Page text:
Association of alcohol intake with dietary and anthropometric markers of cardiovascular risk among UK female university student drinkers; results of a pilot study.
Central adiposity is viewed as a risk factor for type 2 diabetes and
coronary heart disease (CHD). This effect is believed to be independent of
total obesity (Han et al., 1996; Zhu et al., 2002). The impact of alcohol
consumption on body fat distribution remains uncertain but research
identifies the potential importance of gender and pattern of consumption
as influential factors (Cigolini et al., 1996; Leite and Nicolosi, 2006).
Life stage may also be relevant. This pilot study investigated dietary and
anthropometric markers of cardiovascular disease in young females from a
population group (university students) in which binge drinking is often
the preferred method of alcohol consumption.
Inclusion criteria were consumption of alcohol at least once per
month and being a non-smoker. Each participant was instructed to keep a
(non-weighed) 7-day food intake diary and had her waist circumference (cm)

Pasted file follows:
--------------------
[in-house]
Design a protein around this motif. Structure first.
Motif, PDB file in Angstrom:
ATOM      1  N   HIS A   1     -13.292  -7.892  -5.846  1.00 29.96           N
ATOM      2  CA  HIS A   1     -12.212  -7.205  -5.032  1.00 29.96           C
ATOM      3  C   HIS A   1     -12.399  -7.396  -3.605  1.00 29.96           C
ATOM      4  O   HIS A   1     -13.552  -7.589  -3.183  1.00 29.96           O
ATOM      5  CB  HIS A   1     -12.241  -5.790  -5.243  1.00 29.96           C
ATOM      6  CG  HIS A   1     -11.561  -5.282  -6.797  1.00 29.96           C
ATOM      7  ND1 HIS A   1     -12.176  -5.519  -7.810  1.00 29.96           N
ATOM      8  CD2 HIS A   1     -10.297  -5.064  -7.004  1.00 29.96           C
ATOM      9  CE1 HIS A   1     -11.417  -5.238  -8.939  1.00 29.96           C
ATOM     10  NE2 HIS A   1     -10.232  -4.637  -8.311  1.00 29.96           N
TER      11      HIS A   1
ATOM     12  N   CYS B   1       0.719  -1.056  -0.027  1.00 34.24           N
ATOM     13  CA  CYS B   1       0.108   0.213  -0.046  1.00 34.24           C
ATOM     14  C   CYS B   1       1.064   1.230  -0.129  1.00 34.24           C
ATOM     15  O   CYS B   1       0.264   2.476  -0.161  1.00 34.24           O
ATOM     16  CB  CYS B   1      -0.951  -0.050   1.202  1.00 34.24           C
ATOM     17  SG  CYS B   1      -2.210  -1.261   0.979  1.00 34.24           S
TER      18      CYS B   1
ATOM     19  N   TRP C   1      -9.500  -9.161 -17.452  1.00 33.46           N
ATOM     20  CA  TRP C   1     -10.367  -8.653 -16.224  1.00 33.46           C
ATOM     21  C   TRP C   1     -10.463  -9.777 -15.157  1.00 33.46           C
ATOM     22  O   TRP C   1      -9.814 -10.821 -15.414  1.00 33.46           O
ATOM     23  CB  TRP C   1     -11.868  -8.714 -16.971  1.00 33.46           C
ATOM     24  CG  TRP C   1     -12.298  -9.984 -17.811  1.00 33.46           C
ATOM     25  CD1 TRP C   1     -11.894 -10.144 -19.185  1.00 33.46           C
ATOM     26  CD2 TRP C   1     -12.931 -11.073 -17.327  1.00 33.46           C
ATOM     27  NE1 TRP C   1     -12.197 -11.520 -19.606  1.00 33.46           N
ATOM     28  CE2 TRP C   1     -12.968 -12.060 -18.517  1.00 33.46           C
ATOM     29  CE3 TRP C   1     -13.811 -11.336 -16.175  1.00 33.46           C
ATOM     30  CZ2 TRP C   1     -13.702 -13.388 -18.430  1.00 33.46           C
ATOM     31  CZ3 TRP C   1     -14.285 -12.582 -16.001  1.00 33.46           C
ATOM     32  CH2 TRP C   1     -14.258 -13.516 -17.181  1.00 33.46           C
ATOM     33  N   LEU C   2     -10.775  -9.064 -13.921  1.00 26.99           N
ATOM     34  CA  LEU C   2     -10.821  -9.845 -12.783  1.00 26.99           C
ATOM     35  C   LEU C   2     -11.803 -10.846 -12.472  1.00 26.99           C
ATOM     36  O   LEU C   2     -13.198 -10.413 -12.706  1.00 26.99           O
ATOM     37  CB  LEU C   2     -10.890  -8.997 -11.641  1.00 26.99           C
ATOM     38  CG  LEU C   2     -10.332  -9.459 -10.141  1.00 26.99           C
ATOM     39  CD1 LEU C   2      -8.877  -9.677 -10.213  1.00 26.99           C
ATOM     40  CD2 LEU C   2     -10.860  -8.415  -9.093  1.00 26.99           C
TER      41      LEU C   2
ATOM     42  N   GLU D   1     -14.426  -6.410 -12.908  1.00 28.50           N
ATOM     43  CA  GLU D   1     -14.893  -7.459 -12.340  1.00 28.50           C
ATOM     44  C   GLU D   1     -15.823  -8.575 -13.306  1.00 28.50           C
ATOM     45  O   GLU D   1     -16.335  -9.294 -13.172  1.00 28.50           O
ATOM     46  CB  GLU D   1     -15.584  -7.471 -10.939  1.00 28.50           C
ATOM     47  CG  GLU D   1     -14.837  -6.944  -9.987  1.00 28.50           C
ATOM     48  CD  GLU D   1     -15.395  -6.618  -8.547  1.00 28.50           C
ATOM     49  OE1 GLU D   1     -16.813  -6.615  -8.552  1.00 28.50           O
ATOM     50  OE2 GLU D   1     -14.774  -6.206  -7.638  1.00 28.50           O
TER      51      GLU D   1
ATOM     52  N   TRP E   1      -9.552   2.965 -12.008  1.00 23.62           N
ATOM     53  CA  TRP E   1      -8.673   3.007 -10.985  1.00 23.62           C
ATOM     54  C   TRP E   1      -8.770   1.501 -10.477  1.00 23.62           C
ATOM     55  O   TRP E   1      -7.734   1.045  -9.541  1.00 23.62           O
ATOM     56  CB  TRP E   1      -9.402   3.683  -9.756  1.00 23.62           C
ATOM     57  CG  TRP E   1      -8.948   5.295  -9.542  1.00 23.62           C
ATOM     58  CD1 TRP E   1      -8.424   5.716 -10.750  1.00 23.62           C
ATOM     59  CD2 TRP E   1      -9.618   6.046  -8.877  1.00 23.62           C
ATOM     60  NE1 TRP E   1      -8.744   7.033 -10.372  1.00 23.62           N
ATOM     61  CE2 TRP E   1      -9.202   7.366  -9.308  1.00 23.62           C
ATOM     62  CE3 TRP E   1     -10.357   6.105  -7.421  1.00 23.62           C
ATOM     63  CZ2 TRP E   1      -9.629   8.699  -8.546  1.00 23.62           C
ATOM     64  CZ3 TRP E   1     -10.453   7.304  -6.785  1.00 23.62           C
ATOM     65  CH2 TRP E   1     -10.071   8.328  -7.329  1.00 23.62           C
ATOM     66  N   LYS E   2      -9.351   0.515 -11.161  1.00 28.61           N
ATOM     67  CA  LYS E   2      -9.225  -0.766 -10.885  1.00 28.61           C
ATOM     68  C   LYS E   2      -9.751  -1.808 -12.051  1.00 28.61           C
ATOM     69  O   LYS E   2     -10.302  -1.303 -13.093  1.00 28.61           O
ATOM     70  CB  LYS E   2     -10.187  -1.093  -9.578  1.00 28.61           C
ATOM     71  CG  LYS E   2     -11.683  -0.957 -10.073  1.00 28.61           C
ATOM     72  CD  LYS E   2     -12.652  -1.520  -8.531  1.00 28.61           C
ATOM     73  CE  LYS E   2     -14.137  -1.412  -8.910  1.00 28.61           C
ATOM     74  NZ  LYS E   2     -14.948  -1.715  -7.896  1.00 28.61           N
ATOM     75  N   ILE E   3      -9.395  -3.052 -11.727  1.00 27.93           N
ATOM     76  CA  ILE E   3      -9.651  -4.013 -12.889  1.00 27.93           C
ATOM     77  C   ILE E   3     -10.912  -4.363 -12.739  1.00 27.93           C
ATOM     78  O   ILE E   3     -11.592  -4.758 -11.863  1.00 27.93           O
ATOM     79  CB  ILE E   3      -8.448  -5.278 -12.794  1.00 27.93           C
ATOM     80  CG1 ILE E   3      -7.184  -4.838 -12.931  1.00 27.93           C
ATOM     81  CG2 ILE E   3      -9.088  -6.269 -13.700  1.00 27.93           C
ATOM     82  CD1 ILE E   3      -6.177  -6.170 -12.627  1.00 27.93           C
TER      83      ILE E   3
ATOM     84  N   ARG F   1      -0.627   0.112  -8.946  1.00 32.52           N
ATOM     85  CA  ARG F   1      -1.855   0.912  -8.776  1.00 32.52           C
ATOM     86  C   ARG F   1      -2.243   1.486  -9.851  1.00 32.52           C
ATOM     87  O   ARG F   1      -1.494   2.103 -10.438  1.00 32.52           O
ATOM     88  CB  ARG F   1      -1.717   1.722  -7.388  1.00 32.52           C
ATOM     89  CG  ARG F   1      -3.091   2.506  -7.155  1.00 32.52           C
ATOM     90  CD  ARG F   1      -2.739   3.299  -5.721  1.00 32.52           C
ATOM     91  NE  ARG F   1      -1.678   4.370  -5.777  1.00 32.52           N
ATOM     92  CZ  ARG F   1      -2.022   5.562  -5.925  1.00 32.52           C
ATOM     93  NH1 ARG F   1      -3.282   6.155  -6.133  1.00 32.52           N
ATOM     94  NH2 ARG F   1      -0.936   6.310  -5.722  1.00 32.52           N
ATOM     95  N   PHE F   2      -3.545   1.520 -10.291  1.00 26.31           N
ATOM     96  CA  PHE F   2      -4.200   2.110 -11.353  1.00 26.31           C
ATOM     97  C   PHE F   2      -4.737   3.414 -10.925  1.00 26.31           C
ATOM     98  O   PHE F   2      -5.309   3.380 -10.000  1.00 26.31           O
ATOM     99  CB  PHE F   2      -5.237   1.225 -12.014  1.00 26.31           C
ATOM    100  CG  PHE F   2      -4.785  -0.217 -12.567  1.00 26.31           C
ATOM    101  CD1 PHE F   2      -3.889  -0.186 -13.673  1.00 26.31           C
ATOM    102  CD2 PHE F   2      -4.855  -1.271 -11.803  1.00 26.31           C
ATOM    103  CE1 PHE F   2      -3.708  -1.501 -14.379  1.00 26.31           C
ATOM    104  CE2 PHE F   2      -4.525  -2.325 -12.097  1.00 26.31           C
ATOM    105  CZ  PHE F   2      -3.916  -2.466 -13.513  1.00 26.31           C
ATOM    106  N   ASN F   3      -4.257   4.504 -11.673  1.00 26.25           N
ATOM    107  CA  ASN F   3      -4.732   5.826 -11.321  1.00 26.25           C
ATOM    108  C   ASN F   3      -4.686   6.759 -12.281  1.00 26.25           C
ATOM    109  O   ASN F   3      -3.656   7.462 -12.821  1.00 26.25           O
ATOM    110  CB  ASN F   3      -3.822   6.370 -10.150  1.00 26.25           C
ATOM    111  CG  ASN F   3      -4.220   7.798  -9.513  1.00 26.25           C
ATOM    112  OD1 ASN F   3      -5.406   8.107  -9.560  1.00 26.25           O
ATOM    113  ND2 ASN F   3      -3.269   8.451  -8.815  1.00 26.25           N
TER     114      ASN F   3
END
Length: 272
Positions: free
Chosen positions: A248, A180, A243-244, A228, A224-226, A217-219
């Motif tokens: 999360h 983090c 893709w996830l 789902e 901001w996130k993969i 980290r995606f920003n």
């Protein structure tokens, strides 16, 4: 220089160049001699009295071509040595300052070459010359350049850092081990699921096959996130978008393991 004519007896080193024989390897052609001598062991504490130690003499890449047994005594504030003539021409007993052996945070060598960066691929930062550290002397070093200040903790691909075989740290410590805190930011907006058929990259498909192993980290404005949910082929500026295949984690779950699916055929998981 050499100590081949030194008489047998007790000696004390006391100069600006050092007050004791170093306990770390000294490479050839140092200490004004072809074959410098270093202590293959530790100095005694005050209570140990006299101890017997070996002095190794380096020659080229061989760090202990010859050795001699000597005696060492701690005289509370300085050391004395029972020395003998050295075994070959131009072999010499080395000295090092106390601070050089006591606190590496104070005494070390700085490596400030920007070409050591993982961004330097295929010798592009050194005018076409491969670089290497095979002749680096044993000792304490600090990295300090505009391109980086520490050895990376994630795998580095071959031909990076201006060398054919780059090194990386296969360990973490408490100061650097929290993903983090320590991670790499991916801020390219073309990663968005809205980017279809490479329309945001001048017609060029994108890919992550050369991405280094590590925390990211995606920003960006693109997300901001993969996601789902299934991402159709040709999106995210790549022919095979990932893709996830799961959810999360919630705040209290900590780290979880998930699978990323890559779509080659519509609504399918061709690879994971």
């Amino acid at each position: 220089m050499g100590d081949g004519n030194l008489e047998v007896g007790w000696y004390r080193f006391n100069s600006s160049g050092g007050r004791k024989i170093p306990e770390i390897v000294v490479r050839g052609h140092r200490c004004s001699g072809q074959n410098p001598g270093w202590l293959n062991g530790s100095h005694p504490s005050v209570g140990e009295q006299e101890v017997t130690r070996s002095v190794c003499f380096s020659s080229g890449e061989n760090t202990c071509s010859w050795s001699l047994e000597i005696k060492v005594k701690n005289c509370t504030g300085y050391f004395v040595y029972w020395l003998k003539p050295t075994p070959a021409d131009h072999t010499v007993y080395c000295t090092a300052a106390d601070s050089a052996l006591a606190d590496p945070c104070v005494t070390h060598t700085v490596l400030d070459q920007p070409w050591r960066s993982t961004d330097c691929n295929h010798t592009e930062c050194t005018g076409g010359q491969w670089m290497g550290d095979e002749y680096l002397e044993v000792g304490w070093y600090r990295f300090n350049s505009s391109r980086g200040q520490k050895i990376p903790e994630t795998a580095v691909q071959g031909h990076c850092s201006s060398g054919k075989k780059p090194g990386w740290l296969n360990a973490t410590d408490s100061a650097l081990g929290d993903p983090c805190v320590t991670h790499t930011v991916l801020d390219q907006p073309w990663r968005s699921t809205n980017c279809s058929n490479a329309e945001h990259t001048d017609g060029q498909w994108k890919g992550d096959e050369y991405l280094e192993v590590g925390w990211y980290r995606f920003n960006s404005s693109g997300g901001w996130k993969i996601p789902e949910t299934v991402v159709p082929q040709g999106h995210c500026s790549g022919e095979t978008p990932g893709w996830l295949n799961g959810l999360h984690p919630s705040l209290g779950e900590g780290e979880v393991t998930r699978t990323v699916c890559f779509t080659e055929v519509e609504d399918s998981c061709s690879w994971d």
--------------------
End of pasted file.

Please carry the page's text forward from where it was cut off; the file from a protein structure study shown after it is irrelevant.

and BMI (kg/m2) measured. Macronutrient and alcohol intake for each
participant were derived using Compeat 5 software. In addition, responses
to questions relating to typical weekly alcohol intake and pattern of
consumption were recorded.
Among participants (n=18; mean age 22.1, SD = 2.66 years ), using the
criterion of exceeding one half of the weekly allowance of alcohol (7
units) in one session to define binge drinking, 50% binge drank during
the week of the study, four of them more than once, 39% exceeded weekly
health guidelines. Significant correlations existed between mean daily
intake of alcohol (mean =17.8, SD= 16.4g) and
(i) waist circumference (mean = 72.6, SD = 4.9cm). (Pearson correlation
coefficient, r = 0.79, p = 0.01.
(ii) BMI (mean = 22.90, SD = 2.55 kg/m2). (Pearson correlation
coefficient, r = 0.546, p = 0.05).
(iii) saturated fat intake (mean = 25.33, SD = 7.25g) (Pearson
correlation coefficient = 0.49, p=0.04).
Binge drinkers had a significantly greater waist circumference than
those who did not binge drink in the week of the study (independent t-
test; p = 0.012).
The pattern of drinking favoured by some young female students, is
associated with increased central adiposity and as a consequence may have
an impact on their risk of developing CHD in later life.
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Competing interests: No competing interests